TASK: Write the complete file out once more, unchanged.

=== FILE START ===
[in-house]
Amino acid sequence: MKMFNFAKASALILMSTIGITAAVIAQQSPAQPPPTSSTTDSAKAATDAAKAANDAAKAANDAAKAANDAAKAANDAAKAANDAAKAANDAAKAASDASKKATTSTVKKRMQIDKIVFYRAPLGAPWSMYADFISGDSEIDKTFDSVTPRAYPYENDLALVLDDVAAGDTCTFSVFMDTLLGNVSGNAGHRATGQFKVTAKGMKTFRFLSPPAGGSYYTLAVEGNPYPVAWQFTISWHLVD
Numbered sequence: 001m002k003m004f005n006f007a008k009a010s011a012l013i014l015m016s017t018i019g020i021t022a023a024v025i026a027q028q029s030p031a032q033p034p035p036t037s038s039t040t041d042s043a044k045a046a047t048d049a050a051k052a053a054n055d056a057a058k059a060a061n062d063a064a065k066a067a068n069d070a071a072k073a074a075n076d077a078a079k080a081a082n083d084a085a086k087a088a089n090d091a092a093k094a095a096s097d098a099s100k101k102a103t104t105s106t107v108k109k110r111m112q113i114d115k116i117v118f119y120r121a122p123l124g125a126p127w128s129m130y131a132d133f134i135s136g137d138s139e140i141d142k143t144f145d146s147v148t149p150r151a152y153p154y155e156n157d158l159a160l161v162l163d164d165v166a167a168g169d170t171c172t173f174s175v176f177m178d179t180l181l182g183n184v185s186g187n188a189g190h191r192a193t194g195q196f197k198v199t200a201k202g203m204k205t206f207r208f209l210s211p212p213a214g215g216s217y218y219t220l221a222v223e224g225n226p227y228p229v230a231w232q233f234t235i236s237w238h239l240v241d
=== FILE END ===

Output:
[in-house]
Amino acid sequence: MKMFNFAKASALILMSTIGITAAVIAQQSPAQPPPTSSTTDSAKAATDAAKAANDAAKAANDAAKAANDAAKAANDAAKAANDAAKAANDAAKAASDASKKATTSTVKKRMQIDKIVFYRAPLGAPWSMYADFISGDSEIDKTFDSVTPRAYPYENDLALVLDDVAAGDTCTFSVFMDTLLGNVSGNAGHRATGQFKVTAKGMKTFRFLSPPAGGSYYTLAVEGNPYPVAWQFTISWHLVD
Numbered sequence: 001m002k003m004f005n006f007a008k009a010s011a012l013i014l015m016s017t018i019g020i021t022a023a024v025i026a027q028q029s030p031a032q033p034p035p036t037s038s039t040t041d042s043a044k045a046a047t048d049a050a051k052a053a054n055d056a057a058k059a060a061n062d063a064a065k066a067a068n069d070a071a072k073a074a075n076d077a078a079k080a081a082n083d084a085a086k087a088a089n090d091a092a093k094a095a096s097d098a099s100k101k102a103t104t105s106t107v108k109k110r111m112q113i114d115k116i117v118f119y120r121a122p123l124g125a126p127w128s129m130y131a132d133f134i135s136g137d138s139e140i141d142k143t144f145d146s147v148t149p150r151a152y153p154y155e156n157d158l159a160l161v162l163d164d165v166a167a168g169d170t171c172t173f174s175v176f177m178d179t180l181l182g183n184v185s186g187n188a189g190h191r192a193t194g195q196f197k198v199t200a201k202g203m204k205t206f207r208f209l210s211p212p213a214g215g216s217y218y219t220l221a222v223e224g225n226p227y228p229v230a231w232q233f234t235i236s237w238h239l240v241d